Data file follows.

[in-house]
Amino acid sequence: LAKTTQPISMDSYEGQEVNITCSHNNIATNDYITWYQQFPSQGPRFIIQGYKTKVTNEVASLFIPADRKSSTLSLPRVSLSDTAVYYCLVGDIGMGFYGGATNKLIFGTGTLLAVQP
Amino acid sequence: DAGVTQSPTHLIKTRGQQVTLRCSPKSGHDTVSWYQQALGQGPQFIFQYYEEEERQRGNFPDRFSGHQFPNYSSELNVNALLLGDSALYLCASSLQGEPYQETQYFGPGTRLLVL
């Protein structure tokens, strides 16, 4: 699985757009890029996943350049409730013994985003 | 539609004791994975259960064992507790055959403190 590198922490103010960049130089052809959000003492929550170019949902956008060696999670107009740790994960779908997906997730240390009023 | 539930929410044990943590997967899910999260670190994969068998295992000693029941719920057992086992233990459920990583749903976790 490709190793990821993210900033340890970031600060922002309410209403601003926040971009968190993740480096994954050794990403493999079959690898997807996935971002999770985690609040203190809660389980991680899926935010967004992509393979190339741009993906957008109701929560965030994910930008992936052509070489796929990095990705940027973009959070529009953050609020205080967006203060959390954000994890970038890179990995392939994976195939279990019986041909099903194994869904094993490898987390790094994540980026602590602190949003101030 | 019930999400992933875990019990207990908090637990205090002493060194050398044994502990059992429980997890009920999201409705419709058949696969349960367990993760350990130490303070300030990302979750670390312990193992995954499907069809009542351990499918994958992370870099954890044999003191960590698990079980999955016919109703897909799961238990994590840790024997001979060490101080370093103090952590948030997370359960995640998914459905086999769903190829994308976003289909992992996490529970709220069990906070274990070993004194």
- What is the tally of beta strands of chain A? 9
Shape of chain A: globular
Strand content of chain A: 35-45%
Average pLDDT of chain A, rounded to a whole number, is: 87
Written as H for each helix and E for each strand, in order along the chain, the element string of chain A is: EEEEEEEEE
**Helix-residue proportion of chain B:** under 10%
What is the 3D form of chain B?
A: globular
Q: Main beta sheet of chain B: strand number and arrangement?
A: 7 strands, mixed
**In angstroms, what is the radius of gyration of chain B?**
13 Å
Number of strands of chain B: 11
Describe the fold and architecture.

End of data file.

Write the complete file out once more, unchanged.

[in-house]
Amino acid sequence: LAKTTQPISMDSYEGQEVNITCSHNNIATNDYITWYQQFPSQGPRFIIQGYKTKVTNEVASLFIPADRKSSTLSLPRVSLSDTAVYYCLVGDIGMGFYGGATNKLIFGTGTLLAVQP
Amino acid sequence: DAGVTQSPTHLIKTRGQQVTLRCSPKSGHDTVSWYQQALGQGPQFIFQYYEEEERQRGNFPDRFSGHQFPNYSSELNVNALLLGDSALYLCASSLQGEPYQETQYFGPGTRLLVL
């Protein structure tokens, strides 16, 4: 699985757009890029996943350049409730013994985003 | 539609004791994975259960064992507790055959403190 590198922490103010960049130089052809959000003492929550170019949902956008060696999670107009740790994960779908997906997730240390009023 | 539930929410044990943590997967899910999260670190994969068998295992000693029941719920057992086992233990459920990583749903976790 490709190793990821993210900033340890970031600060922002309410209403601003926040971009968190993740480096994954050794990403493999079959690898997807996935971002999770985690609040203190809660389980991680899926935010967004992509393979190339741009993906957008109701929560965030994910930008992936052509070489796929990095990705940027973009959070529009953050609020205080967006203060959390954000994890970038890179990995392939994976195939279990019986041909099903194994869904094993490898987390790094994540980026602590602190949003101030 | 019930999400992933875990019990207990908090637990205090002493060194050398044994502990059992429980997890009920999201409705419709058949696969349960367990993760350990130490303070300030990302979750670390312990193992995954499907069809009542351990499918994958992370870099954890044999003191960590698990079980999955016919109703897909799961238990994590840790024997001979060490101080370093103090952590948030997370359960995640998914459905086999769903190829994308976003289909992992996490529970709220069990906070274990070993004194």
- What is the tally of beta strands of chain A? 9
Shape of chain A: globular
Strand content of chain A: 35-45%
Average pLDDT of chain A, rounded to a whole number, is: 87
Written as H for each helix and E for each strand, in order along the chain, the element string of chain A is: EEEEEEEEE
**Helix-residue proportion of chain B:** under 10%
What is the 3D form of chain B?
A: globular
Q: Main beta sheet of chain B: strand number and arrangement?
A: 7 strands, mixed
**In angstroms, what is the radius of gyration of chain B?**
13 Å
Number of strands of chain B: 11
Describe the fold and architecture.